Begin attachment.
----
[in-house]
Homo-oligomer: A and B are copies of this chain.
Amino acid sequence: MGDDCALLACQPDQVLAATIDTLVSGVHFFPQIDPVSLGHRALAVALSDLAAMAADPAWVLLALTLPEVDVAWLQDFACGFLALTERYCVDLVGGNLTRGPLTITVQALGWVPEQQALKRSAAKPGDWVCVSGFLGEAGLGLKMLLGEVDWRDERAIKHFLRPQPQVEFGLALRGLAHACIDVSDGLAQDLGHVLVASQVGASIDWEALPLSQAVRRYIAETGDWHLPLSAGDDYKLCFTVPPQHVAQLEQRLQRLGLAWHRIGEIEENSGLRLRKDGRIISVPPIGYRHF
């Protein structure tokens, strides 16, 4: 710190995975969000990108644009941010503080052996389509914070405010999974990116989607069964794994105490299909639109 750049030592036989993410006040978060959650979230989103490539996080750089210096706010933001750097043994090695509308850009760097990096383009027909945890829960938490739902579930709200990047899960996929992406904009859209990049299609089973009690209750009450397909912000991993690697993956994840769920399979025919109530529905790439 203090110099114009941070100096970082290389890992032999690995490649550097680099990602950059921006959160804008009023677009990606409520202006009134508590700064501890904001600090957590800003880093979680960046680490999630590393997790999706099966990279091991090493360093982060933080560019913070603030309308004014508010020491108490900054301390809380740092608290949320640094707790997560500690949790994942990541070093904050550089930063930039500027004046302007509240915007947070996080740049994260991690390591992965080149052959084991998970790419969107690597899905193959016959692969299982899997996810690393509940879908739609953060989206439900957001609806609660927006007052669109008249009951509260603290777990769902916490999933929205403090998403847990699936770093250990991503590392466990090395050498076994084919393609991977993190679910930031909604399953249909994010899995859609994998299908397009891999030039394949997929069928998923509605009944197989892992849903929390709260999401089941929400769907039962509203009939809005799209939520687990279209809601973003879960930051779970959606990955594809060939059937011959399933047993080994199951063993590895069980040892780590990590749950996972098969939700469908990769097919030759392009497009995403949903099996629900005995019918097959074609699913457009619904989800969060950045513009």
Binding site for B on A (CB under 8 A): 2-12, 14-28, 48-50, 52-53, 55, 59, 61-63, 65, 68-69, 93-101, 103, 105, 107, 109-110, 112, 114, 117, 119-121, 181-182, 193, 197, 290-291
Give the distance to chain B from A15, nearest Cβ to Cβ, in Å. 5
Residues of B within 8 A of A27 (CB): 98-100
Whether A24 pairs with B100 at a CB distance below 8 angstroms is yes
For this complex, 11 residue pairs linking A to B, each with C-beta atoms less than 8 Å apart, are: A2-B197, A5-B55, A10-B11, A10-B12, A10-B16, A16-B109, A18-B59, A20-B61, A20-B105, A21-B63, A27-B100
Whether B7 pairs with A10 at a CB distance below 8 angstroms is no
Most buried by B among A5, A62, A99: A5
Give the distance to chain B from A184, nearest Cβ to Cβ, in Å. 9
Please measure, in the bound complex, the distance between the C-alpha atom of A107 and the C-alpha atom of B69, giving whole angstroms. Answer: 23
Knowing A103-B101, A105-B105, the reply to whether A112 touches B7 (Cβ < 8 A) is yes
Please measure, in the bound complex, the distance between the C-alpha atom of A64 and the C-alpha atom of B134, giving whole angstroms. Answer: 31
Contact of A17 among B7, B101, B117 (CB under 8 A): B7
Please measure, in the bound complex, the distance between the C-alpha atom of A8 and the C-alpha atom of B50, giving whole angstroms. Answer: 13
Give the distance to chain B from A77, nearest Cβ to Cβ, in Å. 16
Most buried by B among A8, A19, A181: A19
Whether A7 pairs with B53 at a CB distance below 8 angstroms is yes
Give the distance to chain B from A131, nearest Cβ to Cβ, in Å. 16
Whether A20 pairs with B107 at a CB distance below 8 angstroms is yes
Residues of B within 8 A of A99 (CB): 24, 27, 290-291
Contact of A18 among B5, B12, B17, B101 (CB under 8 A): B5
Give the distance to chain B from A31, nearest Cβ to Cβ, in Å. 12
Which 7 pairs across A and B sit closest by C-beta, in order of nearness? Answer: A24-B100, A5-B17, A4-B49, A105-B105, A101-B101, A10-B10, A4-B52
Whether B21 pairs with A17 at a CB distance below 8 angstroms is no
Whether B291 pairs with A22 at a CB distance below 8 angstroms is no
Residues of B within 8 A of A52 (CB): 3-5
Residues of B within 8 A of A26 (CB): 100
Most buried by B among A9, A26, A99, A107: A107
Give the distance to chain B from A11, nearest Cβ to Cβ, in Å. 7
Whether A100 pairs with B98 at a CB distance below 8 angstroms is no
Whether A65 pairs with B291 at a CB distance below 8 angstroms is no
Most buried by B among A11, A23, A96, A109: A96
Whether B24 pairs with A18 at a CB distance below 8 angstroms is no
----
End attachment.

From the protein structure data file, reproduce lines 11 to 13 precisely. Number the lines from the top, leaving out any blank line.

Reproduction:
Most buried by B among A5, A62, A99: A5
Give the distance to chain B from A184, nearest Cβ to Cβ, in Å. 9
Please measure, in the bound complex, the distance between the C-alpha atom of A107 and the C-alpha atom of B69, giving whole angstroms. Answer: 23